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Rainbow Arabia: Boys & Diamonds

Rainbow Arabia specialise in broken journeys with global designs, tribal sonic snapshots eked out in a Californian basement studio. Whilst some might chastise the husband-wife duo for taking a relative eternity to produce their debut, their progression is undeniable.

It’s easy to see why Kompakt welcomed them aboard their roster. The Cologne label’s attitude towards techno has always been about resisting categorization and celebrating the evolutionary energy of the genre. After putting out Walls’ cryptic guitar-dance late last year, this is the next piece of the Pop Ambient jigsaw. 2011 is getting twisted all out of shape. Purists should wait for Matías Aguayo, his forthcoming 12” will cleanse the palette along with numerous releases on Cómeme.

Boys and Diamonds whirs into life in mesmeric fashion, the title track effortlessly shrugging off the trail blazed by previous calling cards, Holiday in Congo and Omar K. A spacious upgrade in production standards lends a majestic tone to proceedings. The percussion skitters with insistent panache, counterbalanced by synthesizers that shimmer with burst tropical melancholy.

The stars frequently align; the listener careers gloriously into uncharted territory. Jungle Bear is a prime example; wispy synthesizers and minimal percussive flourishes provide a divine launch pad for vocal reveries.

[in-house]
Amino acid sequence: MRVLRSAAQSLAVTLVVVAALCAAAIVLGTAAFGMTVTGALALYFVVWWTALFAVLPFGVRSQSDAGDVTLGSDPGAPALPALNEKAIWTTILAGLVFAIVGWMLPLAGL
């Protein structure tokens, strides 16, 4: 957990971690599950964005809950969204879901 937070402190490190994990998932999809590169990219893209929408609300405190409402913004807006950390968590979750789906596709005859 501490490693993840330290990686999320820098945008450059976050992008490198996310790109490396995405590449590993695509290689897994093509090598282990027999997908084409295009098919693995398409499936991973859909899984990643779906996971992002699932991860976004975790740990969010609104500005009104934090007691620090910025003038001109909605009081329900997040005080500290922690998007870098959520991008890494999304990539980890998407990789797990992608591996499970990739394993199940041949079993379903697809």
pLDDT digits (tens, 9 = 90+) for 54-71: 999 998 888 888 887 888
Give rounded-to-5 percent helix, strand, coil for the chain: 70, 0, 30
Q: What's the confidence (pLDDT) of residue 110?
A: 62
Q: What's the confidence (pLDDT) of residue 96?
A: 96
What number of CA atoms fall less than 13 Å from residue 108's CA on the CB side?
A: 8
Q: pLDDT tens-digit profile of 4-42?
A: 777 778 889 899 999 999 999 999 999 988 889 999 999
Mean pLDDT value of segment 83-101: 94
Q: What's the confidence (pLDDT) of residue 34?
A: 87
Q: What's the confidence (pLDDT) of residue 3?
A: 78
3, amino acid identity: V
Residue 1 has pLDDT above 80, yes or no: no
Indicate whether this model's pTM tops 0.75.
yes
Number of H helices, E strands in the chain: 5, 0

The single, Without You, is a gauzy pop lament that grows inexorably. Whilst the original exudes reflective astral warmth, the remix from Nguzunguzu withdraws the percussive elements, keeping things up-tempo and underground.

Throughout the record, Tiffany Preston’s vocal flutters in and out of focus, seamlessly chameleonic in its application to the tracks. The menacing Hai sees it sparkle, floating imperiously in and out of lush curtains of vocoder fuzz, whilst Sayer pushes it through a mangle of pitch-shifted splices and drawn-out backgrounds.  The synthesis between the duo is to be much admired on Mechanical, a sprawling nocturnal epic.

The shadow of Karin Dreijer Andersson, circa Deep Cuts, looms large, and whilst Boys and Diamonds supersedes that album, The Knife remain way out in front when it comes revolutionary electro pop. Whilst clearly talented, Rainbow Arabia are yet to impose a definitive identity. When that happens, expect things to get stratospheric.